When I received the news of the recent death of Joe Zawinul age 75, I was shocked and shaken, to say the least. It had been a long time since Joe and I had spoken. I along with many others had been awe inspired by Joe’s work with Jaco Pastorius and Wayne Shorter in the band, Weather Report.
I always had a singular desire to play with the Weather Report band. But, the opportunity never presented itself. However, I had the distinct pleasure of working with both Joe and Jaco separately and in different venues. I worked with Joe at the World-class Attraction, the Salt Mine of Wieliczka, near Krakow, Poland.
United Nations Educational, Scientific and Cultural Organization (UNESCO) encourage international peace and universal respect through collaboration of the nations of the world. A concert was held for UNESCO in the unique setting of the subterranean Wieliczka Salt Mine, which had begun to take on water. The participating musicians took time out from their respective tours to participate in a benefit concert for UNESCO, during the summer of 1995. The proceeds of the concert were directed to restorative initiatives in the mine.
This location provided extraordinary acoustics. Imagine that setting coupled with Joe’s outstanding performance. The event evoked a surreal experience for all of those in attendance. When the concert began, Joe was incredible. The awesome display showed his true jazz and jazz fusion chops. He utilized nine keyboards set up with a remote strap-on keyboard, which generated a unique unexpected and exceptional sound.
My colleague, drummer Ernie Adams and recording artist Carlos Johnson were also a part of that remarkable performance. Ernie is currently playing, writing and producing many different styles of music and preparing for a world tour in 2008 with a major Japanese pop artist. His collaborations have included, among many others, Stanley Turrentine, Dianne Reeves, Ramsey Lewis, and most recently 9 years with Al DiMeola. Ernie vividly recalls Joe’s solo that evening. His solo during a groove that was reminiscent of an up-tempo Weather Report piece, was a beautiful and intricate modal barrage of 16th notes. As he and I reminisced, Ernie reflected upon how Joe continuously smiled at me while he executed his amazing solo.
The dreamlike experience was enhanced even more because during the concert I was provided my first opportunity to perform a bass solo. During my solo, I did a fast run down the bass and hit the lowest chord appropriate for that particular piece. This stroke blew out the electricity in the Salt Mine auditorium. Although the lights were out, the drums and percussions continued playing. The only lights that could be seen were the red lights on my Smith Jackson six string bass, and the lights on the miner’s helmets, as they went about the work of getting the electricity restored in the auditorium. Joe Zawinul, the icon, the idol, the star, the role-model graciously gave honor and recognition to all participants in the concert.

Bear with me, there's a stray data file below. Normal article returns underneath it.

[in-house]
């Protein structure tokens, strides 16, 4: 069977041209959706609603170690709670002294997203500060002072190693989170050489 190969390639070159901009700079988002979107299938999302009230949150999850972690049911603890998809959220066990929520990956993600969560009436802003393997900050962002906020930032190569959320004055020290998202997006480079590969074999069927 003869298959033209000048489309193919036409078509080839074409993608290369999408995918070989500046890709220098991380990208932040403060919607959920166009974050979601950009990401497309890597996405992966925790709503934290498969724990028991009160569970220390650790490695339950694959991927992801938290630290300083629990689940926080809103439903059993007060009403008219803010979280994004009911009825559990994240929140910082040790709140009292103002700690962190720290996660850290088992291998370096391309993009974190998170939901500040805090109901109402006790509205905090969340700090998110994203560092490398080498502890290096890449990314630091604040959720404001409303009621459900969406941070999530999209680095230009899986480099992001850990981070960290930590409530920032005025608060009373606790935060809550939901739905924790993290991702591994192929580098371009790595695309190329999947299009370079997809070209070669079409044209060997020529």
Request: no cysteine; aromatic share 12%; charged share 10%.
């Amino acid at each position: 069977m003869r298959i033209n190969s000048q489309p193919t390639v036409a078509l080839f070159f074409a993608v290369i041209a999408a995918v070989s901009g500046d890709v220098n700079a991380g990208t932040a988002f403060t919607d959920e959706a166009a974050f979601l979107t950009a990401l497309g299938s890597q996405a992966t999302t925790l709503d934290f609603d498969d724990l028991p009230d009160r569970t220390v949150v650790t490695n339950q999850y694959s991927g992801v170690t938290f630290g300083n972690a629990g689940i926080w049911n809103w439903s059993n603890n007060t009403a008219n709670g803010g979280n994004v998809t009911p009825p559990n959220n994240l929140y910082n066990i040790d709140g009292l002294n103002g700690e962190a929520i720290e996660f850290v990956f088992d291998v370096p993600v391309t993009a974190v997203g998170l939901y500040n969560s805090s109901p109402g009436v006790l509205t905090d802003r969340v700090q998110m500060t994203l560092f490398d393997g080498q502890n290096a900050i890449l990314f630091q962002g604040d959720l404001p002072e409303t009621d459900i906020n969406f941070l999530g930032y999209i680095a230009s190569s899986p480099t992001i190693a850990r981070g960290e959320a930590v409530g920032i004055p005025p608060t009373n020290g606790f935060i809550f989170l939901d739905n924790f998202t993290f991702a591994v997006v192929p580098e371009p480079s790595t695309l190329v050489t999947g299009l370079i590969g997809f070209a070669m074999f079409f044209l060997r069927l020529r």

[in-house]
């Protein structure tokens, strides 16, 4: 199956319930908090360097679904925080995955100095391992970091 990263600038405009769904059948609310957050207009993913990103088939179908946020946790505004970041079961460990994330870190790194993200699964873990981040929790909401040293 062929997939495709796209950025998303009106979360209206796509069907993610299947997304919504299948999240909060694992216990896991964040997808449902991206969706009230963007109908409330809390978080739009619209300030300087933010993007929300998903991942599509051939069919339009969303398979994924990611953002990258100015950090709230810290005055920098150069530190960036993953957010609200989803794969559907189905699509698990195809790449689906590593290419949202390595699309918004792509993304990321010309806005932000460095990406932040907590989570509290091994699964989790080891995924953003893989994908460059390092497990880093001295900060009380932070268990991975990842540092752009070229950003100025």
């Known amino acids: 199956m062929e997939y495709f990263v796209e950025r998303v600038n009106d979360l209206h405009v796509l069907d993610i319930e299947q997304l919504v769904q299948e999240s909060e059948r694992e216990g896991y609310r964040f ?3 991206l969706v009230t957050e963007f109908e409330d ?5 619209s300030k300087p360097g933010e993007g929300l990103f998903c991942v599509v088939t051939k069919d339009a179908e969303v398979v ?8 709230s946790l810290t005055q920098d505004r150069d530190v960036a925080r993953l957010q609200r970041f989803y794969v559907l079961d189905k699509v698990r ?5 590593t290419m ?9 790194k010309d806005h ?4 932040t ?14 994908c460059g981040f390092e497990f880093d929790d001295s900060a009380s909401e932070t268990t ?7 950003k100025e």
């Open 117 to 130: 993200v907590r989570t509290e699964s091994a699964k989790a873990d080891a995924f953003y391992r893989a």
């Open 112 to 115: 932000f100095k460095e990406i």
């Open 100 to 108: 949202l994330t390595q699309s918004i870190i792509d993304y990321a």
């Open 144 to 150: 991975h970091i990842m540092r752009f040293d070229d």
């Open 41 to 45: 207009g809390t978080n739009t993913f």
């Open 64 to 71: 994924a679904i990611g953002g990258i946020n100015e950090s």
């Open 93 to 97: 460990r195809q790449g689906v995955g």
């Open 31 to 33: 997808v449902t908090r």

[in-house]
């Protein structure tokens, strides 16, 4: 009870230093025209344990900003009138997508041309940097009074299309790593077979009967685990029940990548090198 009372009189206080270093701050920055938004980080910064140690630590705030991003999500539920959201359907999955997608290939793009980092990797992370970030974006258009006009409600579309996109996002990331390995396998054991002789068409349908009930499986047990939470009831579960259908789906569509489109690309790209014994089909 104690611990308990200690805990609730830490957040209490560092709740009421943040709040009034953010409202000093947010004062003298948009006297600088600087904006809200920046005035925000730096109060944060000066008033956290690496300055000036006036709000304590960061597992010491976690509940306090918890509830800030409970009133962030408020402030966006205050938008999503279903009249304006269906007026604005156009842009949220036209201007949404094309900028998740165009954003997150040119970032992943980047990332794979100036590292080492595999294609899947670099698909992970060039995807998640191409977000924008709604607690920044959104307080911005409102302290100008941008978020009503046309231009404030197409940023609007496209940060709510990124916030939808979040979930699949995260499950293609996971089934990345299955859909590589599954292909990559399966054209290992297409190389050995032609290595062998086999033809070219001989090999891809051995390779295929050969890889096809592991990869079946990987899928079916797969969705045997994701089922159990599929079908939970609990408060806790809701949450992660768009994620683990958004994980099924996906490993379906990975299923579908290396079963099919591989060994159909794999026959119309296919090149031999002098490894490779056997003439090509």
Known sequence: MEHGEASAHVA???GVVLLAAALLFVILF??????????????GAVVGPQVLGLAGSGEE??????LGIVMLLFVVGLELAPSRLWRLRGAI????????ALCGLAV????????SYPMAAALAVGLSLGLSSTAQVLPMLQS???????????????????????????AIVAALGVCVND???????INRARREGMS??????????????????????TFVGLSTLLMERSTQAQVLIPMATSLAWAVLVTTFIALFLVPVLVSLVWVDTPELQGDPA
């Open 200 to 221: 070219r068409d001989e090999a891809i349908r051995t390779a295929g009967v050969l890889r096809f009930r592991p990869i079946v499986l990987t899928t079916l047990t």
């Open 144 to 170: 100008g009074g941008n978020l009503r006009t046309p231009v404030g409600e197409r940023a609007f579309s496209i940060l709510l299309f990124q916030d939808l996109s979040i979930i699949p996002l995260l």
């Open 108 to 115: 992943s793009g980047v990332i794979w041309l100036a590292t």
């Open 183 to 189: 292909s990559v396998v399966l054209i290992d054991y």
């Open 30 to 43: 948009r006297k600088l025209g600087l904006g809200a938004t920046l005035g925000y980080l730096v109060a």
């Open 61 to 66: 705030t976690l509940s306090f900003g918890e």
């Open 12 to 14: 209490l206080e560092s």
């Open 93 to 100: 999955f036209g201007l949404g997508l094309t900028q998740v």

I had my first experience with Jaco Pastorius when I attended a performance at the Ivanhoe Theater in Chicago, Illinois. The show presented Herbie Hancock and the Head Hunters, featuring Jaco Pastorius on bass. This event was a life changing encounter for me because I had absolutely no understanding of jazz or bass soloing. BMM Editor, Jake Kot was also there that same evening, and we’ve talked many times on how we both walked away knowing things were going to seriously change for the both of us after seeing Jaco for the first time.
It was my privilege to be introduced to Jaco after the show. He was still wearing his bass strapped around his neck when we met. Consumed with curiosity regarding the sounds emitted when he played his instrument, I asked if I might briefly examine his instrument hoping that I might produce similar sounds. Jaco was very congenial and granted my request. My attempt at playing his bass did not, I repeat, did not produce the same sounds that Jaco created. I questioned him regarding the different sounds we generated while playing the exact same instrument. He replied, “It’s all in the hands.”
My second encounter with Jaco occurred in New York City, where I did a Bass Clinic for Harkey Guild. Jaco, bassists Darryl Jones and Jerry Peak, and I participated in the clinic at the Jazz Center. Jaco was in his dressing room with Larry Harkey and Ron Lorman, while I was on stage doing my sound check. Suddenly, Jaco appeared on the stage with me. We performed a spontaneous duet. I played the bass while he played the drums for approximately half an hour. Afterwards, Jaco shared with me that he had never in his life heard bass playing like mine. He then quickly countered, “But, I am still the greatest bass player in the world.” I laughed and agreed with him stating, “You know, you’re right.”
The impact of my experiences with Joe Zawinul and Jaco Pastorius is immeasurable. In reality I never fulfilled my wish to play with the Weather Report band. Instead, through fate and good fortune, I was given the opportunity to join forces and team up with two members of the band who personified the very essence of the jazz phenomenon.
As told to Dr. Yolanda D. Wallace and J.K. Dickens